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ericgeater
Community Champion

Nashville bombing and AT&T

The Nashville RV bombing left one noteworthy remnant behind: a significant hit to AT&T network availability for a multi-state region. Large areas of telephone service was disrupted -- including our cellular service in northern Alabama for the previous 29 hours.

It won't be a surprise if a state or fed agency asks AT&T for a post-mortem and commensurate plan for improved network resilience thanks to this notorious and puzzling event.
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I've always said, "There's nothing an agnostic can't do if he really doesn't know whether he believes in anything or not."
10 Replies
JKWiniger
Community Champion

Re: Nashville bombing and AT&T

@ericgeater You have brought an interesting question to my mind. In a phone that can have 2 SIM card do you think it is possible to have each card from a different carrie, i.e. 1 from AT&T and the other from Verizon? I don't see the average person having a need for this but it would eliminate a carrier as a single point of failure for first responders and other who might benefit from it.

 

Just my thought of the morning.

 

John-

CraginS
Defender I

Re: Nashville bombing and AT&T


@JKWiniger wrote:

@ericgeater ...it is possible to have each card from a different carrie, i.e. 1 from AT&T and the other from Verizon? ...


John,

The answer is yes.  I did a web search for "two sim cards for two carriers?"

and the top result was

https://www.rvmobileinternet.com/carriers-go-esim/#:~:text=%22Dual%20SIM%2C%20Dual%20Standby%22,outg....

 

You are on target and the market is already offering for the very reason you suggested.

 

Craig

 

D. Cragin Shelton, DSc
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ericgeater
Community Champion

Re: Nashville bombing and AT&T

I'm not thinking of whether it's important for me to subscribe to two different carriers.  I'm thinking, "What will AT&T and Verizon and T-Mobile and Level3 and XO and [...] do to build out additional network resilience.  Time-shift the Christmas Day bombing to January 20, and imagine what kind of bedlam occurs on a weekday that ain't adjacent to a holiday or weekend -- and also bears witness to America's own democracy.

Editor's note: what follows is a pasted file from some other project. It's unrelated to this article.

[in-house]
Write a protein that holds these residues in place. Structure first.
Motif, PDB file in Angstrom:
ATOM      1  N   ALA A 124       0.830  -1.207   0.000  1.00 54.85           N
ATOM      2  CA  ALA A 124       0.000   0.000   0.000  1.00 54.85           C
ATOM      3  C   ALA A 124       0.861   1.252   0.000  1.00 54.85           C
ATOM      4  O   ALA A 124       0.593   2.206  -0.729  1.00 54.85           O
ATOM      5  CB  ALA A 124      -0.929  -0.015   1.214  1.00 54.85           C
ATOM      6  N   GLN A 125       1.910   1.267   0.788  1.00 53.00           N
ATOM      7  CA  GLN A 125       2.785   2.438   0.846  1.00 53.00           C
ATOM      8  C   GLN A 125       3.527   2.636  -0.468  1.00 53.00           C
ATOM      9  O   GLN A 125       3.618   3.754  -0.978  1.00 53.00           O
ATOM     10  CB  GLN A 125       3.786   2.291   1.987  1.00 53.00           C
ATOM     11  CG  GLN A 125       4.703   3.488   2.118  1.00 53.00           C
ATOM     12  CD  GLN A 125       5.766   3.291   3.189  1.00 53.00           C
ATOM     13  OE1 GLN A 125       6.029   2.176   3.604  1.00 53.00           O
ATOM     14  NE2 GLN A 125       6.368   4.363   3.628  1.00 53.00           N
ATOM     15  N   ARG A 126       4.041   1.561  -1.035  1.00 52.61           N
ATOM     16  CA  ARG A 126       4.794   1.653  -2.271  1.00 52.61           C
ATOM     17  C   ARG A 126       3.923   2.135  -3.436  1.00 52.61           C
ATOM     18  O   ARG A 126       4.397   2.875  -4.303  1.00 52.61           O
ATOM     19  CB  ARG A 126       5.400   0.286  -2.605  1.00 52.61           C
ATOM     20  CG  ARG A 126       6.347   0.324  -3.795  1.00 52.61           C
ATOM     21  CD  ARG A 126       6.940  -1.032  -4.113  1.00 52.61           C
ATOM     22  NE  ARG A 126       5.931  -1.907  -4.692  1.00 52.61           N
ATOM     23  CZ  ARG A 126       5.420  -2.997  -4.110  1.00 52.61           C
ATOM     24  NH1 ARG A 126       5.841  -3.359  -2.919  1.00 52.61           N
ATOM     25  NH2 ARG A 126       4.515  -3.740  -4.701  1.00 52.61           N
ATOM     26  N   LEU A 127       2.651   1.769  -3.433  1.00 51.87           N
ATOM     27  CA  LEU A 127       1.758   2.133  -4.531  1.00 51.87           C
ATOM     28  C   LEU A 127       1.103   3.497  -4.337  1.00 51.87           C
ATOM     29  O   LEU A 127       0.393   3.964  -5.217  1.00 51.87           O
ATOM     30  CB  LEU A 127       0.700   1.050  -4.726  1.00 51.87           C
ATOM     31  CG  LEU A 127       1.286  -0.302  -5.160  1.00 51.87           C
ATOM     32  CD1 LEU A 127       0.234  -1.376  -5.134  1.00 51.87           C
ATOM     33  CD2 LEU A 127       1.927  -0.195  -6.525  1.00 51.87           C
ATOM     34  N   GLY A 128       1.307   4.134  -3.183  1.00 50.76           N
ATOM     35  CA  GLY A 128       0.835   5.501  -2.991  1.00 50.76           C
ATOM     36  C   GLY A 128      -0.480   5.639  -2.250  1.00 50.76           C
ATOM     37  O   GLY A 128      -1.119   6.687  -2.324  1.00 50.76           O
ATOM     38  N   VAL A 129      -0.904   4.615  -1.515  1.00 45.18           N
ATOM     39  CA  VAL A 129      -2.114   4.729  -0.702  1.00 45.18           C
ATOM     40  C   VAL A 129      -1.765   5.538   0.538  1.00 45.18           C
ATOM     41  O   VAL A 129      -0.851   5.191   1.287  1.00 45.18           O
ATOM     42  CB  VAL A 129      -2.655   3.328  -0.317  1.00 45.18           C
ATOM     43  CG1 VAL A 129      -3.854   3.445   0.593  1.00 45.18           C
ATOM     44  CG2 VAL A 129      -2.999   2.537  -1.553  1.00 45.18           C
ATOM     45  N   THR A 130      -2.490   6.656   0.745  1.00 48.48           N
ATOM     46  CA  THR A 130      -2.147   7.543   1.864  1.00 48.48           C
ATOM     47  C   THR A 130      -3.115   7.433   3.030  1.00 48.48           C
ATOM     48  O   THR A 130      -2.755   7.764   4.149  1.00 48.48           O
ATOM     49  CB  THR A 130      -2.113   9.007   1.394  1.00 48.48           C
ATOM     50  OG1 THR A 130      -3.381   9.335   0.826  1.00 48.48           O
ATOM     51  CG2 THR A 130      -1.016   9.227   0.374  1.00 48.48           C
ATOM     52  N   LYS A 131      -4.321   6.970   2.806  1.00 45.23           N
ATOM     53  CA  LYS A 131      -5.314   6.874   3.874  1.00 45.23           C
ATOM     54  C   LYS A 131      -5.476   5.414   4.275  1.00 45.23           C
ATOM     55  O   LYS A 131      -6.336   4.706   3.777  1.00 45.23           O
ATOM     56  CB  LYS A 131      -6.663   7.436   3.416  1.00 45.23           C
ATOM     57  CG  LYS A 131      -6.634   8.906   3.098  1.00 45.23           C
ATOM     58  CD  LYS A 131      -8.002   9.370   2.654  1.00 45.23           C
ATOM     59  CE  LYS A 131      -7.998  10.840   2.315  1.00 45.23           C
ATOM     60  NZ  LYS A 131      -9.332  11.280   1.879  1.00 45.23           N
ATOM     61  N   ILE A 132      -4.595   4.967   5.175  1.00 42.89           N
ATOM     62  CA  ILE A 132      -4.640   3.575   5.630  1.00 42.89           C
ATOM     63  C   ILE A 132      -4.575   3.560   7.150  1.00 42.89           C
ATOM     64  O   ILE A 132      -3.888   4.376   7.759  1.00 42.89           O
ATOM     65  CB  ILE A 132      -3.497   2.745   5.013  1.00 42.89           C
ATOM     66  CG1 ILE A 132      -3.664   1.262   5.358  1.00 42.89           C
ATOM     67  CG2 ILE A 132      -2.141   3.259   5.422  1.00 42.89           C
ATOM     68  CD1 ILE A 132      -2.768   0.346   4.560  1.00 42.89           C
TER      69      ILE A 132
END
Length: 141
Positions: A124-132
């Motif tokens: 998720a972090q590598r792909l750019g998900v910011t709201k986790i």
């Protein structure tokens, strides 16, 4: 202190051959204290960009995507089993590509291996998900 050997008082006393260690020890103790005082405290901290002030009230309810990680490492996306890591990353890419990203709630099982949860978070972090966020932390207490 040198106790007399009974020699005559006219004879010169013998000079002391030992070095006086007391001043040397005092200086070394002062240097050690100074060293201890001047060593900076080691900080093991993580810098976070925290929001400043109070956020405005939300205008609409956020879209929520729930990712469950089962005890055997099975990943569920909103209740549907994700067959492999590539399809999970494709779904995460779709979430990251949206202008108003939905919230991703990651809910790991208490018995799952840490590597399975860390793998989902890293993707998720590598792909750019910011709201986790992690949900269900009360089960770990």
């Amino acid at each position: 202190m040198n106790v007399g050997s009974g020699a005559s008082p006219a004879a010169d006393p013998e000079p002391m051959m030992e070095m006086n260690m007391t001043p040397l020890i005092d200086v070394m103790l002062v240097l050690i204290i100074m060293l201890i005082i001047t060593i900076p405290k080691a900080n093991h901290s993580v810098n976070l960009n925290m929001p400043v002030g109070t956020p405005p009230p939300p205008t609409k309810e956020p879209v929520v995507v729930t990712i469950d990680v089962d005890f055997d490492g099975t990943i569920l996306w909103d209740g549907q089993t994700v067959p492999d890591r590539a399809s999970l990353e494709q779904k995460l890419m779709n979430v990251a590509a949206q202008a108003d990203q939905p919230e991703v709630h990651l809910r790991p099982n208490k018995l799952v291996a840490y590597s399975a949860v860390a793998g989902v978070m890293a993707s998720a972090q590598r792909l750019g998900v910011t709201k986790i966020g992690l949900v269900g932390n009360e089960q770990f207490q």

AT&T itself became the SPOF for a change, and boy did the southeast notice it.

---
I've always said, "There's nothing an agnostic can't do if he really doesn't know whether he believes in anything or not."
JKWiniger
Community Champion

Re: Nashville bombing and AT&T

@ericgeater Well taking it from that perspective it's a bit hard to say without knowing what their infrastructure actually looks like. What power levels are their towers normally at? If the run at say 70% power normally and the in case of this kind of an issue the could boost the power and expand the coverage each tower provides. This may or may not require government approval because having the towers at 70% might but as high as they are normally allowed to set the power to, but it could be possible to get approval to go higher in emergence situations.

 

They could also come up with a reciprocal agreement with Verizon now that CDMA is basically gone and almost everything runs on GSM. But this bring up the question of are there times where both AT&T and Verizon have their equipment on the same tower? And I am only using these two carriers as examples because a lot of the smaller carriers actually by wholesale air time from on of the larger providers.

 

Anyone with any insight into if either of these thought would be possible?

 

John-

AppDefects
Community Champion

Re: Nashville bombing and AT&T

Where do you even begin designing resilience into a network topology that goes back to the 1940s? Unconfirmed speculation is that the person of interest might have been paranoid about emerging 5G tech... The scary thing is that these "low key" (read no physical security) switching centers are in everyone's community, large, medium, small, and each one has known coordinates.

 

 

ericgeater
Community Champion

Re: Nashville bombing and AT&T

No matter what, AT&T learned last week that bollards won't stop an RV full of explosives in city centers.  They better consider some reroutes.